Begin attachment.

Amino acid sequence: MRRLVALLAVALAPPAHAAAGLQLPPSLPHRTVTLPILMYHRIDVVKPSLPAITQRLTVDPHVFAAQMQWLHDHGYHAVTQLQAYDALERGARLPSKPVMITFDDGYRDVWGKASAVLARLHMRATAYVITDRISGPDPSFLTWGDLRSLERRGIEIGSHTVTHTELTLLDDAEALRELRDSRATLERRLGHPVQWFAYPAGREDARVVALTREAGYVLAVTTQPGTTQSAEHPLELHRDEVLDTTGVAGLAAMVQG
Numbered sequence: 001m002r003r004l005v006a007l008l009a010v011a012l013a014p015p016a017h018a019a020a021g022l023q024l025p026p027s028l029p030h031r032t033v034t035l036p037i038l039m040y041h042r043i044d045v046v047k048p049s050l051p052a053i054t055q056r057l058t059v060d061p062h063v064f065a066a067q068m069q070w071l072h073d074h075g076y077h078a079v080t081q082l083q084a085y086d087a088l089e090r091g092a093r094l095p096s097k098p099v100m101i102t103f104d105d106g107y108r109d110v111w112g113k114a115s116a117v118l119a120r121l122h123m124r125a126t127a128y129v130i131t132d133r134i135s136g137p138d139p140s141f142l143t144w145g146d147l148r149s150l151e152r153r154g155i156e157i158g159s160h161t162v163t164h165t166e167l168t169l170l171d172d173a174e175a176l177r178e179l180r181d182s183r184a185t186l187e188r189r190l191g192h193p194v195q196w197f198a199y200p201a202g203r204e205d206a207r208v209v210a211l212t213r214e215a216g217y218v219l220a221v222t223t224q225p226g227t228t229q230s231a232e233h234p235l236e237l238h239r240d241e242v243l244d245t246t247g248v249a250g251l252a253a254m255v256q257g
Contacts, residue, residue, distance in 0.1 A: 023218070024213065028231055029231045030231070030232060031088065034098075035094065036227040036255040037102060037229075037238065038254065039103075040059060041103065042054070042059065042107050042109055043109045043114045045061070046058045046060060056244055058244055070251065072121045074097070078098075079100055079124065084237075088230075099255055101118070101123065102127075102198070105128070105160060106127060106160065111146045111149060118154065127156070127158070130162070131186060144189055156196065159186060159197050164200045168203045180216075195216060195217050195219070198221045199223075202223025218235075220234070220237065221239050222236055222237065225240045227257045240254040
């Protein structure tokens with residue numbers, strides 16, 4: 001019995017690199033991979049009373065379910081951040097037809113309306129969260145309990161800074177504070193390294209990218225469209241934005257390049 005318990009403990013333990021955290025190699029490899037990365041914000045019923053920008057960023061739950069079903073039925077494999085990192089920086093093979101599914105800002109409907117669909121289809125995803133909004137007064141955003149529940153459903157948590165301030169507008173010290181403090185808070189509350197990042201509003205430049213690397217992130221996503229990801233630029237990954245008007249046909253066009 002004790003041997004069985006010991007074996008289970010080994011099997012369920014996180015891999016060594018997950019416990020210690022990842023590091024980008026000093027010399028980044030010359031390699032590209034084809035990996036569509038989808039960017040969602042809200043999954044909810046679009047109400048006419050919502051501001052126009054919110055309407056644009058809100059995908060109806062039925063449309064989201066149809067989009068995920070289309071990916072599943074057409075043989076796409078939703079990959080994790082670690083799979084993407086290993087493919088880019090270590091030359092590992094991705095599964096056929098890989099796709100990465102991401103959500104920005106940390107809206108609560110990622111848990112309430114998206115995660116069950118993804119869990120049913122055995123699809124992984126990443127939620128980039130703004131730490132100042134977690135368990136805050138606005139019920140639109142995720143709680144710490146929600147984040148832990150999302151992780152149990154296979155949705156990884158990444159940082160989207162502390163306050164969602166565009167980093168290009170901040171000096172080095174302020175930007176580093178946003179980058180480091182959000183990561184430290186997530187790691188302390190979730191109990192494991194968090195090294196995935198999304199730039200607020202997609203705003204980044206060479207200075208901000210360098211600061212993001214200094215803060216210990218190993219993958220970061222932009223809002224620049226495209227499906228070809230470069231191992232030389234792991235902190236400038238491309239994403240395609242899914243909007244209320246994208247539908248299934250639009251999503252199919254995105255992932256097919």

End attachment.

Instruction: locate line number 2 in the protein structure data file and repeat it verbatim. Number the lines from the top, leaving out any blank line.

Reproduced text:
Numbered sequence: 001m002r003r004l005v006a007l008l009a010v011a012l013a014p015p016a017h018a019a020a021g022l023q024l025p026p027s028l029p030h031r032t033v034t035l036p037i038l039m040y041h042r043i044d045v046v047k048p049s050l051p052a053i054t055q056r057l058t059v060d061p062h063v064f065a066a067q068m069q070w071l072h073d074h075g076y077h078a079v080t081q082l083q084a085y086d087a088l089e090r091g092a093r094l095p096s097k098p099v100m101i102t103f104d105d106g107y108r109d110v111w112g113k114a115s116a117v118l119a120r121l122h123m124r125a126t127a128y129v130i131t132d133r134i135s136g137p138d139p140s141f142l143t144w145g146d147l148r149s150l151e152r153r154g155i156e157i158g159s160h161t162v163t164h165t166e167l168t169l170l171d172d173a174e175a176l177r178e179l180r181d182s183r184a185t186l187e188r189r190l191g192h193p194v195q196w197f198a199y200p201a202g203r204e205d206a207r208v209v210a211l212t213r214e215a216g217y218v219l220a221v222t223t224q225p226g227t228t229q230s231a232e233h234p235l236e237l238h239r240d241e242v243l244d245t246t247g248v249a250g251l252a253a254m255v256q257g